With the overproduced, doubled, tweaked vocals that pass for singing these days -- we're talking to you, Ashlee Simpson and Lindsay Lohan! -- it's easy to forget that the human voice is actually an instrument, as capable of thrilling trills and sexy growls as any violin or guitar. Oh sure, there are singers who are all technique (Mariah Carey comes to mind), able to hit a vast range of notes capably but without a lot of heart. But a crooner who boasts both a great voice and the passion to make it touch the soul and please the ears is rare indeed. Somehow the Oakland Interfaith Gospel Ensemble has found not just one such singer, but a whole crew of astonishing songbirds. And when you hear the group performing classic Christmas and gospel tunes, intoning lyrics touched with a deep reverence for God, it's an experience so intense you'll get chills all over your body. Listen in at 7 and 9:30 p.m. at Slim's, 333 11th St. (at Folsom), S.F. Admission is $15; call 255-0333 or visit www.slims-sf.com.
-- Joyce Slaton
Comedy That Stings
Bobby Slayton must have an understanding wife. Here's a quote from the stand-up comic that illustrates his spouse's forbearance: "On our eighth wedding anniversary, my wife said, You know, you've never told me about your sexual fantasies.' And I said, Well that's because you're not in any of them!'" Caustic? Yes. Insensitive? Sure. Funny? Absolutely. That's Slayton in a nutshell -- he didn't earn his bones for soft and gentle wisecracks. In fact, the easily shocked should probably avoid his shows, in which the acerbic wit holds forth on such topics as the death penalty (he opines that televising state-sanctioned executions would be a great way to discipline unruly kids) and minorities ("I'm not saying that Asian people look alike, but you know one of the easiest jobs in the world has got to be one of those police sketch artists in Hong Kong"). Slayton blows into town for six days of shows starting Sunday at 9 p.m. at the Punch Line, 444 Battery (at Clay), S.F. Admission is $12-75; call 397-4337 or visit www.punchlinecomedyclub.com.
-- Joyce Slaton
Theatrical notes from underground
Besides crossover artists like OutKast, Public Enemy, and LL Cool J, I admit I'm pretty clueless about hip hop. And my knowledge of Jewish traditions is limited to a few guest-starring spots at the Passover table. So when I heard about a theater production narrated by a traditional Jewish storyteller and set to a hip hop soundtrack, I was intrigued.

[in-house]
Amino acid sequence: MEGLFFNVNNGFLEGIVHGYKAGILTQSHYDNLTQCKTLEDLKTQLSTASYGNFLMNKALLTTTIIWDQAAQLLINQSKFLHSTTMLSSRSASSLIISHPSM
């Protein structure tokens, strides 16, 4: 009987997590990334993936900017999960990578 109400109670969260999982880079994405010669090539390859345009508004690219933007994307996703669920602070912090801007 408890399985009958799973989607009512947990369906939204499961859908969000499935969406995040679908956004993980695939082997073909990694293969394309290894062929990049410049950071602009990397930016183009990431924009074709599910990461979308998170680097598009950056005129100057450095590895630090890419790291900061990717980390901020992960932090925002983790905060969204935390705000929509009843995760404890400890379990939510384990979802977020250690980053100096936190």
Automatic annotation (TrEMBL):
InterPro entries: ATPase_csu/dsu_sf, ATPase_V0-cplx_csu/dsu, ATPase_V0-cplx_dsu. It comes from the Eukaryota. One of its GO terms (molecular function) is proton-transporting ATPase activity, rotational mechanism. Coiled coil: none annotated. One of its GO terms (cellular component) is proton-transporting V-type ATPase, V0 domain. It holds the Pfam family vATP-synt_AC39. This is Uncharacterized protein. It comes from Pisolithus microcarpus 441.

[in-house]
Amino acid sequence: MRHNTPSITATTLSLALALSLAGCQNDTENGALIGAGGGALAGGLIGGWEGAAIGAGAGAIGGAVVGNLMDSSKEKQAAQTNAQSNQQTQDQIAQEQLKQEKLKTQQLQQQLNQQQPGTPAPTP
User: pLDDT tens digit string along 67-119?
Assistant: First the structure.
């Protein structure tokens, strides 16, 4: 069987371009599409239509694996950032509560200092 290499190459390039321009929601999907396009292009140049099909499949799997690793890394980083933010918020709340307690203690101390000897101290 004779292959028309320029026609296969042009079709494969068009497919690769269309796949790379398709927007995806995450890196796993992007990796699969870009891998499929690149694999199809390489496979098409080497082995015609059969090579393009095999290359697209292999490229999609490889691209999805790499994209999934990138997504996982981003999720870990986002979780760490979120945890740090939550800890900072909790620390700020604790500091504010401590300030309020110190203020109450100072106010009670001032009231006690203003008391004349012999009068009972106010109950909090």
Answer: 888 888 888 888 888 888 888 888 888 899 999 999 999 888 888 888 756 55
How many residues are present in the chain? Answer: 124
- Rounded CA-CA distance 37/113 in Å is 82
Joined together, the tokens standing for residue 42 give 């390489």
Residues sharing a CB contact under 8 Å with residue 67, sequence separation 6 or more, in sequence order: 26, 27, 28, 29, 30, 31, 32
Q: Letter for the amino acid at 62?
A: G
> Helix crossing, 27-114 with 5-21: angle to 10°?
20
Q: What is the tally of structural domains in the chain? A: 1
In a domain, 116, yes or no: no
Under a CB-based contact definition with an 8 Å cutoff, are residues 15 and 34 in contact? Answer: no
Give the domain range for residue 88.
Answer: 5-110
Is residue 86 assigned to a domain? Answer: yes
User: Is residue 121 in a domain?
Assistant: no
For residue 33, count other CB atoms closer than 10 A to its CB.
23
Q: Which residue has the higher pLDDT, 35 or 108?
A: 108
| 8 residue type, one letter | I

Backed by an accomplished band of hip hop, klezmer, and classical musicians, The Bright River: A Mass Transit Tour of the Afterlife is a portentous saga that explores such concerns as panhandlers, public transportation, and the war in Iraq. In creating this multicultural narrative, writer/performer Tim Barsky drew from a diverse blend of artistic forms, including beat-boxing and street theater.
Loosely based on Dante's Inferno and set in modern-day Berkeley, the story is narrated by a deceased detective named Quick. The ghostly gumshoe is in search of the soul of a girl who killed herself after her lover died as a soldier in Iraq, and on his quest he travels the East Bay's seedy underbelly by bus, subway, and cab. The highlights of his music-driven journey include a meeting with a raven that results in a "Conference of the Birds," a beat-boxing magnum opus emulating birdcalls and wings flapping.
Take a trip through the underworld with him Wednesday through Saturday at 8 p.m. (the show runs through Jan. 1, moving to Berkeley's Julia Morgan Center for the Arts on Jan. 5) at Traveling Jewish Theatre, 470 Florida (at Mariposa), S.F. Admission is $12-35; call 285-8282 or visit www.atjt.com.
-- Jane Tunks
Santa Cruz prog-rock outfit Zdrastvootie makes raga-influenced space-outs -- fans often mention Captain Beefheart by comparison -- but the band insists that Fluxus, Robbie Basho, and free jazz are all influences, too. There must be something funny about the town that also spawned Comets on Fire and Six Organs of Admittance. The trio appears here as part of a Holy Mountain Records showcase with Steven Wray Lobdell and Residual Echoes at 10 p.m. at the Hemlock Tavern, 1131 Polk (at Post), S.F. Admission is $6; call 923-0923 or visit www.hemlocktavern.com.
-- Hiya Swanhuyser
A Lovable Beast
The African-American Shakespeare Company's latest production, Beast, tweaks "Beauty and the Beast" with a monster/prince who sacrifices good looks for love, a not-so-sly critique of today's ideology of perfection. It runs through Jan. 2 at Zeum, 221 Fourth St., S.F. Admission is $10-30; call 762-2071 or visit www.african-americanshakes.org.
-- Michael Leaverton